With the release of the third Iron Man film, I’ve updated one of the features here on the site: postal statement sales figures for the main series. The main Iron Man series, as Marvel numbers the issues, unifies several distinct runs going all the way back to the first Iron Man title in 1968.
Marvel did not publish sales figures for the title for a very long time, but by the time it did, Iron Man was a mid-range seller along with the other Avengers titles. The series peaked above 200,000 copies in the mid-1980s during David Michelinie and Bob Layton‘s first run on the title; it approached that level again several times before collapsing during the market recession of the mid-1990s.
Marvel addressed the decline then — and several more times — with the same strategy: restarting the series from a new #1. The “Heroes Reborn” volume 2 and the “Heroes Return” volume 3 resuscitated sales (and began a run that, later on, included my own year on the title). The Warren Ellis Volume 4 reboot in 2004 similarly gave a big boost to sales.
That title was officially renamed Invincible Iron Man in the indicia with #17 in 2007 and then Iron Man Director of SHIELD with #29 in 2008. That title ran until #35, but a concurrent Invincible Iron Man series had already started from #1 earlier that summer. It was that title that, after Invincible Iron Man #33, assumed the numbering from all the earlier series and continued with #500 in 2011.
(Which complicates matters even further, since all those comics added up to 503 issues. The rationale — further described here — was that the last three issues of Director of SHIELD had War Machine on their logos. That’s so, but the indicias never changed, and in fact, the Iron Man Director of SHIELD Statement of Ownership ran in that third “War Machine issue.” But if it’s weird to not count Director of SHIELD #33-35, it’s odd to count #29-32, as well, as those issues were coming out concomitant with the series that numerically would have followed. Ah, renumberings!)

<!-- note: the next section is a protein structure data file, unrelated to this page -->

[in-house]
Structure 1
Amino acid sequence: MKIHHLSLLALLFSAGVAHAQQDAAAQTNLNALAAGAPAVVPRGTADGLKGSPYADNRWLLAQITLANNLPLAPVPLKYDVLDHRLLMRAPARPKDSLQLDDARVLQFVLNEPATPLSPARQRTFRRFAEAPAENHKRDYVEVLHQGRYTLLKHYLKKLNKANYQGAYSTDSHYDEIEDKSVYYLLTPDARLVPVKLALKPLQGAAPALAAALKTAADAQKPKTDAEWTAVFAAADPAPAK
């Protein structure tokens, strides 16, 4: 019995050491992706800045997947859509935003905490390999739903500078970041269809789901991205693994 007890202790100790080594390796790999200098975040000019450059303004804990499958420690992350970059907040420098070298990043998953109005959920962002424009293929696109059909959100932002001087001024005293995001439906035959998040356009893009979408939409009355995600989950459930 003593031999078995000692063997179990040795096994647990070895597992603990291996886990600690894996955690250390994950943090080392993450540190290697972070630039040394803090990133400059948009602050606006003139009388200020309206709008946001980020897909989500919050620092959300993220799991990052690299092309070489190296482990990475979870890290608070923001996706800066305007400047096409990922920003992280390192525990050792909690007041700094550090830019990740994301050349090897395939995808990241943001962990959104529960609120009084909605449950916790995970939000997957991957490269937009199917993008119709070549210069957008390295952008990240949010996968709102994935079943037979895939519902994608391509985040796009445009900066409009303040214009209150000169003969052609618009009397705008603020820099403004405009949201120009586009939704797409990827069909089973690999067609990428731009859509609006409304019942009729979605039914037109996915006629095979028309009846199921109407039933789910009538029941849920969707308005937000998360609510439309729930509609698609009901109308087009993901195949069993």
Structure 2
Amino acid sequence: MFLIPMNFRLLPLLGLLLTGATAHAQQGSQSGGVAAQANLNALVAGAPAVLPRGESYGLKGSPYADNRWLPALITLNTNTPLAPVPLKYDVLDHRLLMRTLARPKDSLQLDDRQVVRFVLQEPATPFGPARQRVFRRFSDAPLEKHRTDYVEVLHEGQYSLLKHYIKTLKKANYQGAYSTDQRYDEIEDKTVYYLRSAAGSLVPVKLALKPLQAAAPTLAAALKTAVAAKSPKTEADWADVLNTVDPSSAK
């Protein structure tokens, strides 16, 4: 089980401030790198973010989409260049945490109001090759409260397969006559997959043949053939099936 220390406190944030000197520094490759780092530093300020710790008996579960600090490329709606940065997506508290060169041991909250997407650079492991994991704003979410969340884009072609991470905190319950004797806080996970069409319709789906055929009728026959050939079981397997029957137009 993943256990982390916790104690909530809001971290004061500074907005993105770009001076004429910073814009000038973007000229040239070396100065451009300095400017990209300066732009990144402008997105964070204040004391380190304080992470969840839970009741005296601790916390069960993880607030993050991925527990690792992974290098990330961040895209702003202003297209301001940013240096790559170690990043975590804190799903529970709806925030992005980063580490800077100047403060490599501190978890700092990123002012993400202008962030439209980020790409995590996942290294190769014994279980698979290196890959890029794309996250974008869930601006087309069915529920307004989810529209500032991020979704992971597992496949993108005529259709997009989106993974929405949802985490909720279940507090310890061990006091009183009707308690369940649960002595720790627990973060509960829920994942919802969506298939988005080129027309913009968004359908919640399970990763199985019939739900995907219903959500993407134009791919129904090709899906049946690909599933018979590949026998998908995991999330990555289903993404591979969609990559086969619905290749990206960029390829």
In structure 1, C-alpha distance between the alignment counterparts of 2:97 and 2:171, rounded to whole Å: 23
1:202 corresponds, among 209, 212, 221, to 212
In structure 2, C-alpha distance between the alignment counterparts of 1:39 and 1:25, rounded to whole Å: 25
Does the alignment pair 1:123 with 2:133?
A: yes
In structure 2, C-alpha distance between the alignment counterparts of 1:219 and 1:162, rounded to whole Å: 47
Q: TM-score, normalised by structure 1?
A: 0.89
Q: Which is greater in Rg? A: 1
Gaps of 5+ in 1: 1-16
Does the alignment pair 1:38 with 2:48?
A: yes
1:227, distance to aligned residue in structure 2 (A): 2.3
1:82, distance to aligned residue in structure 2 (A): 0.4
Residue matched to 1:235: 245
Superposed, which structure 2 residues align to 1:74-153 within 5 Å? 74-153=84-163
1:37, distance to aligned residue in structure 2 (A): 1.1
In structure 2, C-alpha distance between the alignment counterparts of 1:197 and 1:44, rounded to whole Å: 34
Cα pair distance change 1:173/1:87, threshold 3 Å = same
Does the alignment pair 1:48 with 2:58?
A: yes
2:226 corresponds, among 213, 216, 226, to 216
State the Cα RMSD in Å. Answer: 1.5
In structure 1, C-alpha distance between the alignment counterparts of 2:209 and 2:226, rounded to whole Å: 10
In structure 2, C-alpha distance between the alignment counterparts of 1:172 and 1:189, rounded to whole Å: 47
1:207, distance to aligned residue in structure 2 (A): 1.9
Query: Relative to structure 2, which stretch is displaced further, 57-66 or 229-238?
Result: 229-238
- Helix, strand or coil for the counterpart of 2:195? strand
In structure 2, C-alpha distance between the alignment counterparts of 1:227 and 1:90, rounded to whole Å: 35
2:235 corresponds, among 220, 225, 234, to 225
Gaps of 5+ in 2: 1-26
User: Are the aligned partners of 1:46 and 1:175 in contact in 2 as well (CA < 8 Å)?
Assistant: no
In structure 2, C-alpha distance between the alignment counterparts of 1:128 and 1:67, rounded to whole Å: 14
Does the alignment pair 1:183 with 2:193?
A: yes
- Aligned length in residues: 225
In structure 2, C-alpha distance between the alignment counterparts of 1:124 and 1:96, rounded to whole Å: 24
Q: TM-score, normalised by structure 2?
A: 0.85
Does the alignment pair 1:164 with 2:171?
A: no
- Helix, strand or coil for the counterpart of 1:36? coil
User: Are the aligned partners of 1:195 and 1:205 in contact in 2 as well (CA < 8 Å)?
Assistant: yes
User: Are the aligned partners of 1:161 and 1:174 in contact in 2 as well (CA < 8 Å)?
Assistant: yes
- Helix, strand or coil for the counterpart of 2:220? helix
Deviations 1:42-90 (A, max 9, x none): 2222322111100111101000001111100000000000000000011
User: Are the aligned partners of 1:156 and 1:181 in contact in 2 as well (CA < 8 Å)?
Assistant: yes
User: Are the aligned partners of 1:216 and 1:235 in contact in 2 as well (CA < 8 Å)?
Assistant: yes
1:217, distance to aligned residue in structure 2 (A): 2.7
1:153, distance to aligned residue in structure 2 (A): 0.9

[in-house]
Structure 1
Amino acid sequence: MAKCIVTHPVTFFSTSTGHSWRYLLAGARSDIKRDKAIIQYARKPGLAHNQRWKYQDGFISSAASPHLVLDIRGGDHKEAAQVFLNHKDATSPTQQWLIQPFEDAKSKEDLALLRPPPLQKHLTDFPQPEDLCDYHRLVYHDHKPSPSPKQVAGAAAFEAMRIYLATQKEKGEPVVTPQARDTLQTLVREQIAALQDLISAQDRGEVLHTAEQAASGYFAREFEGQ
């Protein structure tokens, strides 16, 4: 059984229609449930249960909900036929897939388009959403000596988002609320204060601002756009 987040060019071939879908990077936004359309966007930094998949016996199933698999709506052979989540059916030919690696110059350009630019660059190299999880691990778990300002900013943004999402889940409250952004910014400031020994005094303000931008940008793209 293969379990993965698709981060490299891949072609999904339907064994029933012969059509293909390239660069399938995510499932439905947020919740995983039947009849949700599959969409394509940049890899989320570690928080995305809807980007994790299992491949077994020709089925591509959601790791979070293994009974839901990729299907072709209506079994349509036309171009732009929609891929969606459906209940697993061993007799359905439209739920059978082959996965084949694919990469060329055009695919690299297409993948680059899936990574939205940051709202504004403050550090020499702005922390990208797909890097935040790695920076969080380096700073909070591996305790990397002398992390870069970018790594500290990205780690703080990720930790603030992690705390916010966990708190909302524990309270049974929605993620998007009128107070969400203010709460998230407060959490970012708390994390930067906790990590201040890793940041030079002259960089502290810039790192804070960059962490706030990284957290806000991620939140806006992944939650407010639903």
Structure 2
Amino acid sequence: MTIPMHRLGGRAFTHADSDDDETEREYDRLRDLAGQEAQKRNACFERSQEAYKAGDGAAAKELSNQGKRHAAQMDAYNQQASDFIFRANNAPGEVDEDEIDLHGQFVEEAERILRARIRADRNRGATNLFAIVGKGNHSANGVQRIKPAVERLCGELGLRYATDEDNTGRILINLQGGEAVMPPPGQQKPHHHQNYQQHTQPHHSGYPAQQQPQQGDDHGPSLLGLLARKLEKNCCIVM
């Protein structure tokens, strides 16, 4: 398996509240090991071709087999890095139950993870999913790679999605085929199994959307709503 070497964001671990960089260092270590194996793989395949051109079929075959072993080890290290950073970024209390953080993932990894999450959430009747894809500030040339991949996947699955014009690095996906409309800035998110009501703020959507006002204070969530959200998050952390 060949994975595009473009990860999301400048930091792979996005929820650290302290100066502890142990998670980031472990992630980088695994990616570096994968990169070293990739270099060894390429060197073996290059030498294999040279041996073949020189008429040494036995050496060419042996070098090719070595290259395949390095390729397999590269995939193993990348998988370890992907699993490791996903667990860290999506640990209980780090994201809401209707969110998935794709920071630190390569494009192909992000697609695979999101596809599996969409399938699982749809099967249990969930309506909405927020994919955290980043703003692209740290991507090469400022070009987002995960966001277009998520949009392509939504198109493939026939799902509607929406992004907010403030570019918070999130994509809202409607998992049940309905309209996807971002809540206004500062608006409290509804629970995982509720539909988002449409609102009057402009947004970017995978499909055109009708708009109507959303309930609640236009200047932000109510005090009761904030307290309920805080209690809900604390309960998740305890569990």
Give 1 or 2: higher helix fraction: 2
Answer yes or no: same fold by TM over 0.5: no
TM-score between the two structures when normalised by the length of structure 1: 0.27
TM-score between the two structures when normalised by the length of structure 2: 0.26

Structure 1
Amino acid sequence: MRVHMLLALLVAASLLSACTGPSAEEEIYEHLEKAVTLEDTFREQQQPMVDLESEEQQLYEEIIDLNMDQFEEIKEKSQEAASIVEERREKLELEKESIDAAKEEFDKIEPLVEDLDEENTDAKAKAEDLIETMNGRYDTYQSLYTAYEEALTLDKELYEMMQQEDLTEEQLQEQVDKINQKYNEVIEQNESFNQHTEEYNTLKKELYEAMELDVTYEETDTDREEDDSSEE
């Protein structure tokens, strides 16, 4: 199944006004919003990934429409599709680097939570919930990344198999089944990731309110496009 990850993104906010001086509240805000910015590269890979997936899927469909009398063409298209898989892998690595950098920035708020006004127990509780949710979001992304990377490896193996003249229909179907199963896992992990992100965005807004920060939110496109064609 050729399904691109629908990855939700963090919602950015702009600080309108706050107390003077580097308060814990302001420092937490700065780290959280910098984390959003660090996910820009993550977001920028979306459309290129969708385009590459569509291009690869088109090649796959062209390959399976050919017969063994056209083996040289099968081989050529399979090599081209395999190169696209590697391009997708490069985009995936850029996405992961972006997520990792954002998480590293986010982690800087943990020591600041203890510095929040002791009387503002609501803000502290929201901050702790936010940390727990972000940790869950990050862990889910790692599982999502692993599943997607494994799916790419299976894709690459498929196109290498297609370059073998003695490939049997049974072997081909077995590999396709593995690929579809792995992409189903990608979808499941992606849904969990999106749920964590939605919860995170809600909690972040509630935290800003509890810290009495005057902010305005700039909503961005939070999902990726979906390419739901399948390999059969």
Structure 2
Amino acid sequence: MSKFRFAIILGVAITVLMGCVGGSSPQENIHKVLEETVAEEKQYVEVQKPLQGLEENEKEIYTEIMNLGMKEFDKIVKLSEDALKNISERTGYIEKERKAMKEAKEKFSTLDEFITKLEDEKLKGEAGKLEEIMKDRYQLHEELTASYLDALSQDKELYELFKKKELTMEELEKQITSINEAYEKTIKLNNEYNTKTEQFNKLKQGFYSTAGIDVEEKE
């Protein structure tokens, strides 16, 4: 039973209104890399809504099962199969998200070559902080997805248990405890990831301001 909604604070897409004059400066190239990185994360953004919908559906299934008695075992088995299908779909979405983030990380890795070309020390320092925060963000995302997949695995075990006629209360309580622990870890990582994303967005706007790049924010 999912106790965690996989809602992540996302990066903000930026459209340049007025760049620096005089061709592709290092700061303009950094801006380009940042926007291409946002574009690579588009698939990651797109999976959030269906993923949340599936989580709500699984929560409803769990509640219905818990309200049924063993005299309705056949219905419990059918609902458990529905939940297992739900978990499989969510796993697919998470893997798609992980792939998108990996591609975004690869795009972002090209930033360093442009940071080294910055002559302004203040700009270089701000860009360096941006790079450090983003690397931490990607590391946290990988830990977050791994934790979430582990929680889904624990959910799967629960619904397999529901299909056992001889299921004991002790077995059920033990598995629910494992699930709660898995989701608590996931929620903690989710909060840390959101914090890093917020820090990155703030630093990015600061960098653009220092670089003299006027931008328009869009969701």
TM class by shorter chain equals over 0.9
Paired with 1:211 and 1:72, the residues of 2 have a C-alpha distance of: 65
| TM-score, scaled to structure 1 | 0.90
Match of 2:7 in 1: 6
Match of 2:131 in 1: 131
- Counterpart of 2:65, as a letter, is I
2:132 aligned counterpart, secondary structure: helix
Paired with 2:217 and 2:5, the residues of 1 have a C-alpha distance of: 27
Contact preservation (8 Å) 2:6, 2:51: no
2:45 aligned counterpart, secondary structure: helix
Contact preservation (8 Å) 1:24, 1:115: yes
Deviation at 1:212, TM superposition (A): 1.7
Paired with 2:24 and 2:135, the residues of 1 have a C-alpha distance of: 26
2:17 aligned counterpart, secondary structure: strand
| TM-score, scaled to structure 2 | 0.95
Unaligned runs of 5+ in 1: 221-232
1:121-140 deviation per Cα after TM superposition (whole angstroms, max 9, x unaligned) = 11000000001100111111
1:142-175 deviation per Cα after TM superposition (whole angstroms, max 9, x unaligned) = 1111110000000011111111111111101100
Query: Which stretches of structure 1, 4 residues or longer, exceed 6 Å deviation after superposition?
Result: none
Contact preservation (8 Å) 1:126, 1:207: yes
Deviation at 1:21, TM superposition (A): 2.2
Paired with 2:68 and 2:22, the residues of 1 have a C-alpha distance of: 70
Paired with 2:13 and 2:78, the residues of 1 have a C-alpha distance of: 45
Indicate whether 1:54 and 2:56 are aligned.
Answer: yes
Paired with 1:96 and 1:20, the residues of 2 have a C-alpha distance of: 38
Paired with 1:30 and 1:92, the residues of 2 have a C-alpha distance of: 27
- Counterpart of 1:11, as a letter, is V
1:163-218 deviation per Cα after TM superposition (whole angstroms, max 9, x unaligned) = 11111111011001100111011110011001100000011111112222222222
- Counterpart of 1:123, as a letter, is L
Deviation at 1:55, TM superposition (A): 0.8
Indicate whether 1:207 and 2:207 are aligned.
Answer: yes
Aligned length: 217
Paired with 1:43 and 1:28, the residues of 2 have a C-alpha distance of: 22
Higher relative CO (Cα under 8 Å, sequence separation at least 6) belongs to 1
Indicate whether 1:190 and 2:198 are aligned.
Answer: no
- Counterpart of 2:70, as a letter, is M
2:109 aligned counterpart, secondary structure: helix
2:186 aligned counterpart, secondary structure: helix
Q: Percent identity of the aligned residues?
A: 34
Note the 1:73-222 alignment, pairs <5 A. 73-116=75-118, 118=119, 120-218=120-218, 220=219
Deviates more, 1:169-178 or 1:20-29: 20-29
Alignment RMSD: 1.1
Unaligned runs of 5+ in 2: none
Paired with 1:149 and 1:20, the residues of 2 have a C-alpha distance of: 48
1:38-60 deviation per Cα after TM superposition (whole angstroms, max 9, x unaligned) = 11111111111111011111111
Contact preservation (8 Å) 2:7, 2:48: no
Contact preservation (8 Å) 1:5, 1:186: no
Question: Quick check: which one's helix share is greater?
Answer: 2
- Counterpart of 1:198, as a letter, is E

Comichron founder John Jackson Miller has tracked the comics industry for more than 25 years, including a decade editing the industry’s retail trade magazine; he is the author of several guides to comics, as well as more than a hundred comic books for various franchises.
He is the author of novels including Star Wars: Kenobi, Star Wars: A New Dawn, Star Trek: Discovery – The Enterprise War, and his latest release, Star Trek: Discovery – Die Standing. Read more about them at his fiction site.
Be sure to follow Comichron on Twitter and Facebook, and check out our Youtube channel. You can also support us on Patreon!